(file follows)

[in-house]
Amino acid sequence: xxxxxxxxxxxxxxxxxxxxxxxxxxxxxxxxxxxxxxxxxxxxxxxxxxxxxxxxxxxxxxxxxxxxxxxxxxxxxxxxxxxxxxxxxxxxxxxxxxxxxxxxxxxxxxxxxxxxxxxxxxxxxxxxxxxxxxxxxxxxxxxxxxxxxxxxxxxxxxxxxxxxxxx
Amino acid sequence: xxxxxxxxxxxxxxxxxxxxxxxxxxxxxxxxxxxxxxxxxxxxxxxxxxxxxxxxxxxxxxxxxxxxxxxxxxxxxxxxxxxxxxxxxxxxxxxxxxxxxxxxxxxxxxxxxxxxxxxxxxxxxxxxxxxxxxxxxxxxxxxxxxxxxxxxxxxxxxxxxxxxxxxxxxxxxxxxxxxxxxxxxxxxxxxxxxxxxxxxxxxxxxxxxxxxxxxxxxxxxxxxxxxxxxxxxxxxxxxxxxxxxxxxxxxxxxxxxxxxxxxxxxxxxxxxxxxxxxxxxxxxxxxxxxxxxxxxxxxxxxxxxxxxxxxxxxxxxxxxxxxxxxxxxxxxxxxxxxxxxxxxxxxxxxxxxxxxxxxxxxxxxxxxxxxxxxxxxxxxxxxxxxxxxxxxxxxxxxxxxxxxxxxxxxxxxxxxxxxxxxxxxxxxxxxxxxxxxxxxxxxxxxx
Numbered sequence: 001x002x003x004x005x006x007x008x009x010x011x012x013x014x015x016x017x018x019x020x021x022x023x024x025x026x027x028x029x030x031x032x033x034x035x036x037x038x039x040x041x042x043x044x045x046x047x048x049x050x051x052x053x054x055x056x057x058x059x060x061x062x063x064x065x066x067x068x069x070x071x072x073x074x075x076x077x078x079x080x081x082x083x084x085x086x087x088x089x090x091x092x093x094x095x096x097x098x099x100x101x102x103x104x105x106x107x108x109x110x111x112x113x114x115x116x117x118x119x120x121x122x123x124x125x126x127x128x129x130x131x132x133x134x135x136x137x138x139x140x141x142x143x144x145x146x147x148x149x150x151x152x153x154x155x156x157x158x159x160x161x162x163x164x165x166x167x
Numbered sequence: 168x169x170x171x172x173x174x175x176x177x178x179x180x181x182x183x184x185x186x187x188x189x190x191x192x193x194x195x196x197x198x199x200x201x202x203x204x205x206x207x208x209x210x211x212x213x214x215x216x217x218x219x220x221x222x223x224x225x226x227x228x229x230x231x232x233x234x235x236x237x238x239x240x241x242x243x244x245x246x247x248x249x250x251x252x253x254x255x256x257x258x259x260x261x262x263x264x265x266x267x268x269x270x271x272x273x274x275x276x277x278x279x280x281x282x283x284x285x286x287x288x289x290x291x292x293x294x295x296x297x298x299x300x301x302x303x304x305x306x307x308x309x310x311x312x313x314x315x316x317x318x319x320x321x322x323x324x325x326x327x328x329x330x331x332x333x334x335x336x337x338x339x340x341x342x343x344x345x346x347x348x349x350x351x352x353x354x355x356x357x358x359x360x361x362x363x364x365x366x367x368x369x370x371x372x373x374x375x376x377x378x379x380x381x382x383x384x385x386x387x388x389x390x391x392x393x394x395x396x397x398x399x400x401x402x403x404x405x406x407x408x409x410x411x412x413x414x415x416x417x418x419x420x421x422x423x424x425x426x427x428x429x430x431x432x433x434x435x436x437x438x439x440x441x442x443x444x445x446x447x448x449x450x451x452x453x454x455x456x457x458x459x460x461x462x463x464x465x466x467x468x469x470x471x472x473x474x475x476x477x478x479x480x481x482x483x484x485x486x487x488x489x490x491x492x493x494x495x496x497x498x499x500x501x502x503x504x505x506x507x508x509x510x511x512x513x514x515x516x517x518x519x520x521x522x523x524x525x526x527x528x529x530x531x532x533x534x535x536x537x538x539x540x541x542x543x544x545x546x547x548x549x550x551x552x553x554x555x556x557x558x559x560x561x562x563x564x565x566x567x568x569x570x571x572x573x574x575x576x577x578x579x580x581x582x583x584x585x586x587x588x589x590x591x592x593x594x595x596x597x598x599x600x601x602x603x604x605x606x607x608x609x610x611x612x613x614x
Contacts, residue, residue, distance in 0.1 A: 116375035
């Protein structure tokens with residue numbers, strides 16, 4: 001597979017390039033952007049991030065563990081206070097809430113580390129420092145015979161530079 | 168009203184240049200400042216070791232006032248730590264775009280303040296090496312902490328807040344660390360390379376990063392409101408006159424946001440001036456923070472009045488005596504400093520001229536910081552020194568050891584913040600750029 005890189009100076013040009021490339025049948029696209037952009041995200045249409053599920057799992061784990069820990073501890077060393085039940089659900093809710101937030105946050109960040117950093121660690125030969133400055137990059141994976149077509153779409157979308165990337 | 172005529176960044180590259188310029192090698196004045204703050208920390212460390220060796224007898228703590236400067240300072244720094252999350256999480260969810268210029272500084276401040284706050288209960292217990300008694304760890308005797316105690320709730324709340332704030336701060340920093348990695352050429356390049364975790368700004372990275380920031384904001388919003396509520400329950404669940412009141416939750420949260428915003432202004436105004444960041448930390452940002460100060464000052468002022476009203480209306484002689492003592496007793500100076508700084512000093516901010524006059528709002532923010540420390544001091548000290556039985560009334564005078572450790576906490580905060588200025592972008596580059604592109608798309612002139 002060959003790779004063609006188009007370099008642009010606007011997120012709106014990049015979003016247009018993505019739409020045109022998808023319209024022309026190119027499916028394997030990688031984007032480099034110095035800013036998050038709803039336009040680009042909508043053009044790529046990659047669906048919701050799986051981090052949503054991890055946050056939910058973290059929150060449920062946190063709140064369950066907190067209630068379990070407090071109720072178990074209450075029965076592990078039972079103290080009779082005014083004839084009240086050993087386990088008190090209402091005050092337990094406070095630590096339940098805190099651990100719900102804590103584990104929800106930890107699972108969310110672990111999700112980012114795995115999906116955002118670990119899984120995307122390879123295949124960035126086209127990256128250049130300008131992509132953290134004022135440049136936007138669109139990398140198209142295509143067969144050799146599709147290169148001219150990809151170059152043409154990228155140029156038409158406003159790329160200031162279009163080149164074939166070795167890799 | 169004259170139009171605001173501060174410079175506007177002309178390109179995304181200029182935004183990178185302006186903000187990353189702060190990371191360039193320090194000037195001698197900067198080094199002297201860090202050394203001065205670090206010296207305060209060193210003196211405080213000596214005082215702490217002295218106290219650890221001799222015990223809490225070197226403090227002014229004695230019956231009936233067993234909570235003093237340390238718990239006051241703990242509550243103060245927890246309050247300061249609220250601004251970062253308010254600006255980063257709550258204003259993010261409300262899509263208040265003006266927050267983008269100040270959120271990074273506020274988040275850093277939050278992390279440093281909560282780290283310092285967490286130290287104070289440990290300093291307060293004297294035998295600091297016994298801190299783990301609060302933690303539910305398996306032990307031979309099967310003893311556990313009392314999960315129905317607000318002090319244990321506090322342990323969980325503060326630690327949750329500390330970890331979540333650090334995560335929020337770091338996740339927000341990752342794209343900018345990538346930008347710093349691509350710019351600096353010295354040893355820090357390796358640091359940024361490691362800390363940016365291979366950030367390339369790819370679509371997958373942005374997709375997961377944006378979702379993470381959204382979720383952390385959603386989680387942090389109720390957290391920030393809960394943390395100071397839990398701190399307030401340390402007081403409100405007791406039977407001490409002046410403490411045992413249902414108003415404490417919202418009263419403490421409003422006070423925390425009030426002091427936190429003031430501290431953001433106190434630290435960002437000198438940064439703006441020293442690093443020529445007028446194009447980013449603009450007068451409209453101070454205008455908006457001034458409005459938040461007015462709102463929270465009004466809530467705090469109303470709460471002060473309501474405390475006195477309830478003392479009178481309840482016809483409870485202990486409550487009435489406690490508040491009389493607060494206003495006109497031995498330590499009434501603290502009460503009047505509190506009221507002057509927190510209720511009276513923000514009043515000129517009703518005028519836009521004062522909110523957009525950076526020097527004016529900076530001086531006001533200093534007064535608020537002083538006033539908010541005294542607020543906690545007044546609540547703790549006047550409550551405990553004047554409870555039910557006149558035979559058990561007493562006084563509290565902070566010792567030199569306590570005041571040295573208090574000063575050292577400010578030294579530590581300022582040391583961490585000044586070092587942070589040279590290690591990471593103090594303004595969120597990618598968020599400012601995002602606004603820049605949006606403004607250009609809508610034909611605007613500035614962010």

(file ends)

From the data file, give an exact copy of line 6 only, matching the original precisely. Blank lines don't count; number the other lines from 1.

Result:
Contacts, residue, residue, distance in 0.1 A: 116375035